The price households pay for poorly informed policy

The price households pay for poorly informed policy

The papers on housing affordability measures and their implications for policy released by UK Collaborative Centre for Housing Excellence (CaCHE) this week are an important contribution towards fixing the housing crisis. They highlight the inadequacies of how policy makers often conceive of affordability, and in turn how policy levers can be used to improve affordability.

The takeaway message from Professor Meen’s papers, as far as we’re concerned, is clear: the government needs to do a lot more work if they really want to solve the housing crisis.

In the 80’s, when ownership was within the reach of many, it was less problematic to think of affordability as no more than a ratio between incomes  and house prices. But the market has moved on, and fewer households are able to get on the property ladder now because of high prices and restrictive lending practices (resulting from the 2007 recession). With fewer social homes available, renting privately is often the only option available for many, with housing benefit increasingly poor at relieving affordability pressures for those trapped in this sector.

As a result, we now need a more nuanced understanding of what affordability actually means.

% English households by tenure 2000 and 2016-17 – English Housing Survey

% household income spent on mortgage/rent – English Housing Survey (2016/17)

Show us the distribution

In 2004 the Barker Review shone a light on the challenges facing households; insufficient supply of new homes meant inflated housing costs. It also became clear that better data would be needed to get to grips with the dysfunctional market; the Valuations Office Authority (VOA) was asked to collect data on rents.

But I would argue we are still no closer to having the sort of data needed to understand rental markets. The CaCHE papers point out the importance of understanding the distribution of housing costs, rather than just the average, and this is data that is currently not widely accessible.

The VOA publishes estimates of rents on different size properties (including lower and upper quartile and median). It was only through freedom of information (FOI) requests that we’ve been able to obtain data on the full distribution of private rents across a small number of local rental markets. Analysis of this data underscores the need for nuanced understanding of affordability and the impacts of current policy making.

Two bed rent price distributions for four BRMA[1] areas in England (Nov 2016)

The charts above show four of the rent distributions or ‘rental areas’ that were supplied via our FOIs – the geographies used to set housing benefit payments. The red line shows rent prices from the cheapest on the left, to the most expensive on the right. The greyed-out areas show the properties which are not fully covered by local housing allowance (LHA) – thus unaffordable to those who need help with their housing costs.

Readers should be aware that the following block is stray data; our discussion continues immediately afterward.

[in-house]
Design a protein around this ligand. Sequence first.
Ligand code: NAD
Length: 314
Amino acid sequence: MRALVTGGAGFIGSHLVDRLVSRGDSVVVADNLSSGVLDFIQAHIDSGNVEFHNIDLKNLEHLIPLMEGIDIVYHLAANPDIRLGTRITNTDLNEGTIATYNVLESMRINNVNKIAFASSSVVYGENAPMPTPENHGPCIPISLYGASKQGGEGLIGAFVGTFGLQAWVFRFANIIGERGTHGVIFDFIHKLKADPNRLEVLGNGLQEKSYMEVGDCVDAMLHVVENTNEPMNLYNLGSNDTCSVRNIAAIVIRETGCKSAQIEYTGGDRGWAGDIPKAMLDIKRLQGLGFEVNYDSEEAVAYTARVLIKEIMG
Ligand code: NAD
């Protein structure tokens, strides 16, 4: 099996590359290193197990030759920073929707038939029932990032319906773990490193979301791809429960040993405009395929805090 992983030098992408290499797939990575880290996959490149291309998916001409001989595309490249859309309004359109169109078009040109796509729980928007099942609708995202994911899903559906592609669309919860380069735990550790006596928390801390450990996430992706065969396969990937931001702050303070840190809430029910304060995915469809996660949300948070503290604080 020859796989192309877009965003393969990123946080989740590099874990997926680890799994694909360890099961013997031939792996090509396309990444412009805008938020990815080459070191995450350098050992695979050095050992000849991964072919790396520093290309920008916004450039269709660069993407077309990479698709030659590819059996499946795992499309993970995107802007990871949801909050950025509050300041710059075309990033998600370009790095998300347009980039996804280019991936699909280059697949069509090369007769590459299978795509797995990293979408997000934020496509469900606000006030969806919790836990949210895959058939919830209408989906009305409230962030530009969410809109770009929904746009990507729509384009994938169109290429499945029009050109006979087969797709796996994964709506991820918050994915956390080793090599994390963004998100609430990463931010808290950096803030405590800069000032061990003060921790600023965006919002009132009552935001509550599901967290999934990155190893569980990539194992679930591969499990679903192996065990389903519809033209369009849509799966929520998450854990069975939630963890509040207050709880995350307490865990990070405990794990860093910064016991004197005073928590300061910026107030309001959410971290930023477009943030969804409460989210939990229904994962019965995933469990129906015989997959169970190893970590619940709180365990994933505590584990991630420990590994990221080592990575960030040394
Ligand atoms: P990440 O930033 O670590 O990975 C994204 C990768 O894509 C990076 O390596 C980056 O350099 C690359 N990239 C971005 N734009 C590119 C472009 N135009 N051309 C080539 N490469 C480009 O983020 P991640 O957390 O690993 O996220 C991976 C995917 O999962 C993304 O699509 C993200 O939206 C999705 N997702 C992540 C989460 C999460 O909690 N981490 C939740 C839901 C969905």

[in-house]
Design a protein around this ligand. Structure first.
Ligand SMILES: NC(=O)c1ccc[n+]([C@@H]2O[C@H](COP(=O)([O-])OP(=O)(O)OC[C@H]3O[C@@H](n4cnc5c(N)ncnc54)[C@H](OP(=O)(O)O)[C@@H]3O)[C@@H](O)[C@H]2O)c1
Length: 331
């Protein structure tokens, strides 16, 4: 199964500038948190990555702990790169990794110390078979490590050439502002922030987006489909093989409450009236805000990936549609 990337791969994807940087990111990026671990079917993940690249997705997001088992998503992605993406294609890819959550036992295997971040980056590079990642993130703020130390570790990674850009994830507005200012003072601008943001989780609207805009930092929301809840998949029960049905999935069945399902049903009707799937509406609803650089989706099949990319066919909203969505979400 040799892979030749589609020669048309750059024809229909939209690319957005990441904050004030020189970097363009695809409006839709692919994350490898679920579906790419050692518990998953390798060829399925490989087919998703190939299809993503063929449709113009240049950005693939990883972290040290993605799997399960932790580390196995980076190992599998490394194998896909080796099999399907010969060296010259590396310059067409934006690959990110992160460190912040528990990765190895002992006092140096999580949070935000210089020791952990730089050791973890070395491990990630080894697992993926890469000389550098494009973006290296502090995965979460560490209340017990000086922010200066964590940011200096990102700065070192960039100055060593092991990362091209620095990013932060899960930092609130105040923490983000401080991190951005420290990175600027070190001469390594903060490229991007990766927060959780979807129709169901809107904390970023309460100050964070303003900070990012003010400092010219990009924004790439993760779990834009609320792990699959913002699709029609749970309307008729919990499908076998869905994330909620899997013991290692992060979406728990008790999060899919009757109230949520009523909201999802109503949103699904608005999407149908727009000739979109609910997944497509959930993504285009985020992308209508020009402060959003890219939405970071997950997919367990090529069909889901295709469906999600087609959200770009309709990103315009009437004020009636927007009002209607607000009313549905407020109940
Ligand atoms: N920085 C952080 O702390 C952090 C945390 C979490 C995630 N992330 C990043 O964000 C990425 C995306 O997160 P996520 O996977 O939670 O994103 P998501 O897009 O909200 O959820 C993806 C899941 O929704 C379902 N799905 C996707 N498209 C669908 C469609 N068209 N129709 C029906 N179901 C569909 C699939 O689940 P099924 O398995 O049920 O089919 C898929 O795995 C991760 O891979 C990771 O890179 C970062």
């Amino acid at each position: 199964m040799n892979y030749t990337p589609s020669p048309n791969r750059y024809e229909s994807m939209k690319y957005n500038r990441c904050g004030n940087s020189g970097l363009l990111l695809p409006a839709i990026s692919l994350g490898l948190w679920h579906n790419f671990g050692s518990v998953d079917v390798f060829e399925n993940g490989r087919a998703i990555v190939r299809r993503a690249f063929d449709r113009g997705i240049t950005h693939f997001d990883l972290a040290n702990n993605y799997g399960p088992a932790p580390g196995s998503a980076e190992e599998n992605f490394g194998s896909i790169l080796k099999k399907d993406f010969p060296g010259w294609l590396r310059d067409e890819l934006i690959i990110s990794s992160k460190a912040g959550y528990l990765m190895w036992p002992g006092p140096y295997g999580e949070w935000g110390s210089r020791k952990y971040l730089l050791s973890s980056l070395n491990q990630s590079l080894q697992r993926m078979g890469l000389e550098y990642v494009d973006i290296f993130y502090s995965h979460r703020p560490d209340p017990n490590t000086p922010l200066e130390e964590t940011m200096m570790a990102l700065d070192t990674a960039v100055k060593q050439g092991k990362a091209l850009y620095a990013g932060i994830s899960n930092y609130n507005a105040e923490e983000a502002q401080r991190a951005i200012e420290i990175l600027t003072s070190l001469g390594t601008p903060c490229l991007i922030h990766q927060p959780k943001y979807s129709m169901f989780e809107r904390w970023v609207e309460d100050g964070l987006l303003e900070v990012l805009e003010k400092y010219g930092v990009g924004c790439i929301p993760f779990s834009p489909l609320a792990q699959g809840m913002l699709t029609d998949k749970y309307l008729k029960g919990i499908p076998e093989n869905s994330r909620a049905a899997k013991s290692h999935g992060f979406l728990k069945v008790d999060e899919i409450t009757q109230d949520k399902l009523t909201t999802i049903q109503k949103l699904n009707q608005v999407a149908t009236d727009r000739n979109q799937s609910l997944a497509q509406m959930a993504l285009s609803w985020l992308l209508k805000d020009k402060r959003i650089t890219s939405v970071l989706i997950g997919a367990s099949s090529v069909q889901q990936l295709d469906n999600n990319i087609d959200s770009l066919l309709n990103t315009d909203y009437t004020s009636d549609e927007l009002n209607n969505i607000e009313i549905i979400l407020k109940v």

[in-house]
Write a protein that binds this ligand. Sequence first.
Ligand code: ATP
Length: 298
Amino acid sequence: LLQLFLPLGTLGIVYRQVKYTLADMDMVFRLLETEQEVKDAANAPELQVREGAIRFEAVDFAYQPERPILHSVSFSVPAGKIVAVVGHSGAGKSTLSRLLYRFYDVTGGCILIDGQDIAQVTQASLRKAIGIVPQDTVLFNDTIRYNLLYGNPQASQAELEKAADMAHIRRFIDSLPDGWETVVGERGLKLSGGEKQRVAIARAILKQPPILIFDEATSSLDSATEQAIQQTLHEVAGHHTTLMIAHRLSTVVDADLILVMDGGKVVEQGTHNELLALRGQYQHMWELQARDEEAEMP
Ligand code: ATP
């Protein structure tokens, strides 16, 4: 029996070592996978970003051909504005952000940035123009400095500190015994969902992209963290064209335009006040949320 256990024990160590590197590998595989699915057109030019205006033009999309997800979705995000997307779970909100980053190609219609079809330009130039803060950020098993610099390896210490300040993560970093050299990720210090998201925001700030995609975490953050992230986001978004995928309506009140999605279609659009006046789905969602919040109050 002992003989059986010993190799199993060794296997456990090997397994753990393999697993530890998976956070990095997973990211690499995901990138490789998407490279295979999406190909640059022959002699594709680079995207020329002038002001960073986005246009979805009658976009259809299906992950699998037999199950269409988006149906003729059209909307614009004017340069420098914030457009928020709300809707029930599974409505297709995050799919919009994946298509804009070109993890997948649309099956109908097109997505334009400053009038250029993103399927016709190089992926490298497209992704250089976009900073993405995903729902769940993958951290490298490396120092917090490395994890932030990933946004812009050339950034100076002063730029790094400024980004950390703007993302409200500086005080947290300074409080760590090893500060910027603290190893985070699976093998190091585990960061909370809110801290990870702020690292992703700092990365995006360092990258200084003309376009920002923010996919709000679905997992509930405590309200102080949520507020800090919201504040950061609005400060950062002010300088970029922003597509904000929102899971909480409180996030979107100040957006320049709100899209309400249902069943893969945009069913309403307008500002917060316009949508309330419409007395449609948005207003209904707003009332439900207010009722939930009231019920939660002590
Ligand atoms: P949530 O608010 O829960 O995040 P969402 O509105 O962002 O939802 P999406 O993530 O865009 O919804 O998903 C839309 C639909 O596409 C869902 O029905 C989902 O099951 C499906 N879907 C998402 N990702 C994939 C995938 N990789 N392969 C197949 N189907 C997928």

The result? In Teesside around a third of rental properties are affordable to people claiming housing benefit but in Norfolk & Norwich only 13% of rental properties are. Cuts and freezes that have been imposed on LHA have had dramatically different impacts on different localities, leaving households in some areas with no options. But the data that reveals this is not readily available to researchers. Instead they have to rely on regional rent indices which use weighted data and no indication of distributions. Affordability analysis is only going to be useful if we have enough local level data that allows us to genuinely unpick it.

The veil of numbers

Even if we understand affordability, it is still not adequate for understanding housing choices. Housing choices are often about trade-off’s; expenditure for a home versus disposable income for living. A home may be affordable, but if it means hugely expensive commutes to get to work, is it still affordable? If finding a roof over your head means sacrificing access to good schools for your children, or proximity to friend and family – your support network – can affordability be a good enough measure on its own to describe trying to stay on budget? What do policy makers assume to be a reasonable compromise? Location, size, amount of mould in the bathroom?

Next steps

We would like to see government give more attention to the challenges all households face when trying to find a home. And we would want to see a greater emphasis on understanding the challenges for renters in particular; after all, 20% of households are paying rent to private landlords, only eight percentage points less than the number of people paying a mortgage.

It’s important that any development on measuring affordability works for all tenure types and housing aspirations. But equally, and as the reports highlight, it would be powerful for government to consider how new policies impact households across all tenures. For example, targeting Help to Buy at a minority of potential first-time buyers may worsen the options for a greater number of renters than it helps if it inflates house prices. Similarly, could policies focused on cooling local rental markets also have a positive impact on the cost of buying? 

Better data used correctly can only help to support these policy decisions.


[1] Broad Rental Market Area – there are 156 BRMA in England, these are used to set local housing allowance i.e. the value of benefits paid for different sized properties (measured by bedrooms)

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